New Oklahoma legislative session to review agency funds

BY JULIE BISBEE Modified: December 1, 2010 at 3:59 pm •  Published: January 31, 2010
Advertisement
;
When lawmakers convene for the 2010 legislative session, they will be dealing with state agencies with slashed budgets and diminishing services.

Since August, state agencies have cut their budgets as state tax collections came in below estimates. In the budget deal announced last week, some agencies will continue to have their budgets cut 10 percent through the remainder of the fiscal year, which ends June 30. Cuts already in place have reduced the state’s deficit to $530 million from $729.4 million for the existing budget year.

Agencies have trimmed costs, furloughed employees, offered early retirement plans and, in some cases, cut services to the public. Senior citizens’ meals have been cut as a result of state Department of Human Services budget reductions. Budget cuts are expected to prompt layoffs when the state Mental Health and Substance Abuse Services Department closes a facility in Norman. Officials estimate about 100 people will lose their jobs.

The Oklahoma Historical Society cut 30 jobs, raised the admission price to the Oklahoma History Center from $5 to $7 and ended free admission on Mondays. The Office of Juvenile Affairs is cutting the number of juveniles it has at the L.E. Rader Center in Sand Springs.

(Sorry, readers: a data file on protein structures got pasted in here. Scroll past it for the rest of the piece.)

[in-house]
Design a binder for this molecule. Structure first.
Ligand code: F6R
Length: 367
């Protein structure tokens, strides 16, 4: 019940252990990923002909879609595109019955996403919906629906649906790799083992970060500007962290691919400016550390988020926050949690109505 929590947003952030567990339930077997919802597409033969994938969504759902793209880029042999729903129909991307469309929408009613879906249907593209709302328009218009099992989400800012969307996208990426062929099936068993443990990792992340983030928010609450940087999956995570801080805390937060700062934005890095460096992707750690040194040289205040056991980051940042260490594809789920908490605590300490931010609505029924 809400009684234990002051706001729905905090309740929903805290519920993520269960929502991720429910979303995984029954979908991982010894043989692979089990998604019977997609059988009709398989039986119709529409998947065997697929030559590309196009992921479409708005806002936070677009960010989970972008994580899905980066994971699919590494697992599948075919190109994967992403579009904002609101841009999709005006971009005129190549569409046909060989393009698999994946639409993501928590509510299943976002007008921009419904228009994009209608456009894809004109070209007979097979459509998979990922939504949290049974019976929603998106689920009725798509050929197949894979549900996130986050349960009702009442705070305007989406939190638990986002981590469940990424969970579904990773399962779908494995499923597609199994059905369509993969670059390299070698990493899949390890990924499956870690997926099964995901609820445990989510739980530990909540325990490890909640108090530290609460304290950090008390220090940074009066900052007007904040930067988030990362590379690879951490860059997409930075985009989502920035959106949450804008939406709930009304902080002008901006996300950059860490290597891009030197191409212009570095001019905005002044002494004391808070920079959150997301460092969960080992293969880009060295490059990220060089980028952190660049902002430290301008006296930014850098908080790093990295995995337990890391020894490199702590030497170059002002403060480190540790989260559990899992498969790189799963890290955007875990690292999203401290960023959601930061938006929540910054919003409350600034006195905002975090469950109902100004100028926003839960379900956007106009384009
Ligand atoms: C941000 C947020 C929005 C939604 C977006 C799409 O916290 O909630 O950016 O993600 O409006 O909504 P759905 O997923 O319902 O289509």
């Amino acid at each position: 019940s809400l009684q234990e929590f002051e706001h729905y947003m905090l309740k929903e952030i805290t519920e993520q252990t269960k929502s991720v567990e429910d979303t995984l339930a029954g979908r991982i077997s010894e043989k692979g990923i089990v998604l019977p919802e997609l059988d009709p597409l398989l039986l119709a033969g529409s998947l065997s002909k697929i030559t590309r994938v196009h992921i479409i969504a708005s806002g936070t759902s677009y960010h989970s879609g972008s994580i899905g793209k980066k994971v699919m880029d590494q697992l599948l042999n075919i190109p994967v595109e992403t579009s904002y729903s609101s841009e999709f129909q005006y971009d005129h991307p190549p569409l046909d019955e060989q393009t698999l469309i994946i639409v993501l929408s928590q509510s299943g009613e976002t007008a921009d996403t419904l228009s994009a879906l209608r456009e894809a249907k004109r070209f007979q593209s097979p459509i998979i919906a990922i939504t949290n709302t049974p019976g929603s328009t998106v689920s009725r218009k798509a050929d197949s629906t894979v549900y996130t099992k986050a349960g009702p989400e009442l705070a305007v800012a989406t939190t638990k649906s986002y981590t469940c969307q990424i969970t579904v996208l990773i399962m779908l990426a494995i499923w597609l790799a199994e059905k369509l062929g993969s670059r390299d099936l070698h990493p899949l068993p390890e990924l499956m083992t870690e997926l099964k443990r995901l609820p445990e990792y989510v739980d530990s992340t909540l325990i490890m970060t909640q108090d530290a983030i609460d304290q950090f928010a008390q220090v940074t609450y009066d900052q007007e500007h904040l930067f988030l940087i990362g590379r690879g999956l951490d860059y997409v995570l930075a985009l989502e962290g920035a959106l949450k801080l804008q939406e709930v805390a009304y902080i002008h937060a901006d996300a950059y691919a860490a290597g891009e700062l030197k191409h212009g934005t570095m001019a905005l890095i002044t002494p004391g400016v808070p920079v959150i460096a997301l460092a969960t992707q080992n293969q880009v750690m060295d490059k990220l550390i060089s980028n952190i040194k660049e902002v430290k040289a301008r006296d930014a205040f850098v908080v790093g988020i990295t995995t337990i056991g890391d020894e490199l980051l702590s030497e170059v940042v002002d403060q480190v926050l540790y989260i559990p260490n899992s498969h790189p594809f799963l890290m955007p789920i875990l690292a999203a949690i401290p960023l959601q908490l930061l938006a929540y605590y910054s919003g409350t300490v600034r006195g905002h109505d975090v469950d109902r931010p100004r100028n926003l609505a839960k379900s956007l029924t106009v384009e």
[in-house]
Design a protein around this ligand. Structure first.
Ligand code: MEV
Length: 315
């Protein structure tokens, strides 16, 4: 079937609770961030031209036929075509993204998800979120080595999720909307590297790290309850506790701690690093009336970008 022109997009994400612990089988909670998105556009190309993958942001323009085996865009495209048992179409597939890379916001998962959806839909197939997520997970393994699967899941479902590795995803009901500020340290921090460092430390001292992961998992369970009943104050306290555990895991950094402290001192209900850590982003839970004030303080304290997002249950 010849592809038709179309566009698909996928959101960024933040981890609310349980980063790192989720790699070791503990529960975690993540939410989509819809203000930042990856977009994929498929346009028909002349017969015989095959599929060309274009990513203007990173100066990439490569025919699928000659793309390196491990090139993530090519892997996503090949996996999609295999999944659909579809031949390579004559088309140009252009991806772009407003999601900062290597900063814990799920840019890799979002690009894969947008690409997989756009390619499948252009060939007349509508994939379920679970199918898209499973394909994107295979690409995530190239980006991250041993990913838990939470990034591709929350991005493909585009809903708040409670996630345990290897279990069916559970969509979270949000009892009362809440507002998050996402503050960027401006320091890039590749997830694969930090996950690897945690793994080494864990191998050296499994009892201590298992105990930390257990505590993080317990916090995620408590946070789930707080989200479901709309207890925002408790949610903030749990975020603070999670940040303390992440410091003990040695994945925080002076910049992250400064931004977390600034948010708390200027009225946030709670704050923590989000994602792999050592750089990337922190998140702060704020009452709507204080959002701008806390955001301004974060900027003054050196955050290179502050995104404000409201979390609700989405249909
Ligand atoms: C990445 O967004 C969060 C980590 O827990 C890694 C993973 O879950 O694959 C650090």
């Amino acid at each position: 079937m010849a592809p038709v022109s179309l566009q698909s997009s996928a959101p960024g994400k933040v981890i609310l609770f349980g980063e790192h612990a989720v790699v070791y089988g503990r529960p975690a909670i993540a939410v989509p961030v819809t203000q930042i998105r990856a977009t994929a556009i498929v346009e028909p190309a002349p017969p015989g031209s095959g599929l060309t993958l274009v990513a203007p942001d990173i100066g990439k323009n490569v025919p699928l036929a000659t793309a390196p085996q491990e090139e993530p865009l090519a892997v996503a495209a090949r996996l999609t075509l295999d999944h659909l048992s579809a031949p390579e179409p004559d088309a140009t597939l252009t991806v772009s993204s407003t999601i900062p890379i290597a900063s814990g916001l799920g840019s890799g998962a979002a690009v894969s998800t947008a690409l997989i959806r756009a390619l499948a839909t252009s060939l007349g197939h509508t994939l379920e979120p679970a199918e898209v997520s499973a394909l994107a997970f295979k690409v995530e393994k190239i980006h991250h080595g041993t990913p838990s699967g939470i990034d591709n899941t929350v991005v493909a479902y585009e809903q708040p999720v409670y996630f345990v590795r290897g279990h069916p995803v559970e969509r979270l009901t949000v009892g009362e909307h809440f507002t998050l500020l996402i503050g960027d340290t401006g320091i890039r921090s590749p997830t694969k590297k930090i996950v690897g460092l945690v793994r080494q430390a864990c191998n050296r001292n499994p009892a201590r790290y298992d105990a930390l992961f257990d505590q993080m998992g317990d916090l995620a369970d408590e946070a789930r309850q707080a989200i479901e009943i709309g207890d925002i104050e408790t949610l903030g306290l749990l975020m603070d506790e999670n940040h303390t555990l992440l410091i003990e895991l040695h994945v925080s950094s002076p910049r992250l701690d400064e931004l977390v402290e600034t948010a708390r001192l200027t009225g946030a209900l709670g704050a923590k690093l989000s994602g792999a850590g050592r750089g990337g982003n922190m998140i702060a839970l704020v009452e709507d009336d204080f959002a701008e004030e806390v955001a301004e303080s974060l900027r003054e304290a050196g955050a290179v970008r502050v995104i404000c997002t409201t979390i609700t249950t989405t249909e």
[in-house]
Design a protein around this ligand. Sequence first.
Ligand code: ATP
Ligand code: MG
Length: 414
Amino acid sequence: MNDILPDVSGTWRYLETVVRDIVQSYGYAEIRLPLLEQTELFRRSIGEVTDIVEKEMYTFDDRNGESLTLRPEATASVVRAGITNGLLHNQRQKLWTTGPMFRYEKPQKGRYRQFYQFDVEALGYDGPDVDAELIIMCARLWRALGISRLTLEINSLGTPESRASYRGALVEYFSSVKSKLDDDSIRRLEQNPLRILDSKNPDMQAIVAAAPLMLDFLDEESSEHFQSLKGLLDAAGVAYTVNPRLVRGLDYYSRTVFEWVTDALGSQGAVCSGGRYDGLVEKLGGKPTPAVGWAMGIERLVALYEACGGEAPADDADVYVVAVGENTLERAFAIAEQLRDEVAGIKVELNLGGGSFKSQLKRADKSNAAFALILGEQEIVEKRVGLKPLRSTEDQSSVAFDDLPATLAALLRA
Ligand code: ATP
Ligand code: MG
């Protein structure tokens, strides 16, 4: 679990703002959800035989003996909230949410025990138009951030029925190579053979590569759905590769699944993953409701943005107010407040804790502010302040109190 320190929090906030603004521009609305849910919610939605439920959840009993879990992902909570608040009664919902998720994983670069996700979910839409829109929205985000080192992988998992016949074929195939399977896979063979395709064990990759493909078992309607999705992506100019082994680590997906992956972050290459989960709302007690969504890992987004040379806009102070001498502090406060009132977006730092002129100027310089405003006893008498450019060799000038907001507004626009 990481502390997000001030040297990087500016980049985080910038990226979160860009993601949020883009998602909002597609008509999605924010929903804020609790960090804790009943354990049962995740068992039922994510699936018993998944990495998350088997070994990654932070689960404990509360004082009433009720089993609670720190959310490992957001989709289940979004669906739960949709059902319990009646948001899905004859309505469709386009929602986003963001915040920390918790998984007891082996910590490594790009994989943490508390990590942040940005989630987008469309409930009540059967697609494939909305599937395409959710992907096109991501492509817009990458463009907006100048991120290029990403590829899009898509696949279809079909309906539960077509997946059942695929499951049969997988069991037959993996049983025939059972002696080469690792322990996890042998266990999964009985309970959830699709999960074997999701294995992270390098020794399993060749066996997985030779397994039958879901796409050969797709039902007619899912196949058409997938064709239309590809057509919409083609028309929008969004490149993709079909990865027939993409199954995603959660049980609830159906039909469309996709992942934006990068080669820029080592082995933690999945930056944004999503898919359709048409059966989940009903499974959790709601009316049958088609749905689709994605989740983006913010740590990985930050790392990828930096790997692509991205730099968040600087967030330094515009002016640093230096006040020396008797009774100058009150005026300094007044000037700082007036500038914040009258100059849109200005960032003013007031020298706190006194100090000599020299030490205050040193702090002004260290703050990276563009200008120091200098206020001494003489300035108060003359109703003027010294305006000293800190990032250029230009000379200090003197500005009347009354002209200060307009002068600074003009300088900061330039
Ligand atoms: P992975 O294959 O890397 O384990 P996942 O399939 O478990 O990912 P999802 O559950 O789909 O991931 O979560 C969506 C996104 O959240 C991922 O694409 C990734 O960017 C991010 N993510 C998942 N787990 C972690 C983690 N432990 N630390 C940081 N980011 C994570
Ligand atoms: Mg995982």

While education, corrections and the state Health Care Authority would get a cash infusion as part of the proposed budget plan, other agencies are adjusting.



Furloughs

The following state agencies have submitted furlough plans to help save money and absorb budget cuts:

→Food, Forestry and Agriculture

→Commerce

Department

→Office of Disability Concerns

→Fire Marshalls Office

→Historical Society

→Indigent Defense System

→Office of Juvenile Affairs

→Pardon and Parole Board

→Tourism and Recreation Department

Also ...

Furloughs had been proposed for the Corporation Commission, the Corrections Department and the Will Rogers Memorial Commission. As of Friday, enough money had been found to keep employees from having to take furloughs.

Source: State Office of Personnel Management

Trending Now


AROUND THE WEB

  1. 1
    Sex Valley: Tech's booming prostitution trade
  2. 2
    Colorado Is Consuming Way More Pot Than Anyone Ever Believed
  3. 3
    What Dan Gilbert said to LeBron James to get him to return to Cleveland
  4. 4
    Female Yahoo Exec Sued By a Female Employee for Sexual Harassment
  5. 5
    A company wants you to experiment on Facebook — by quitting
+ show more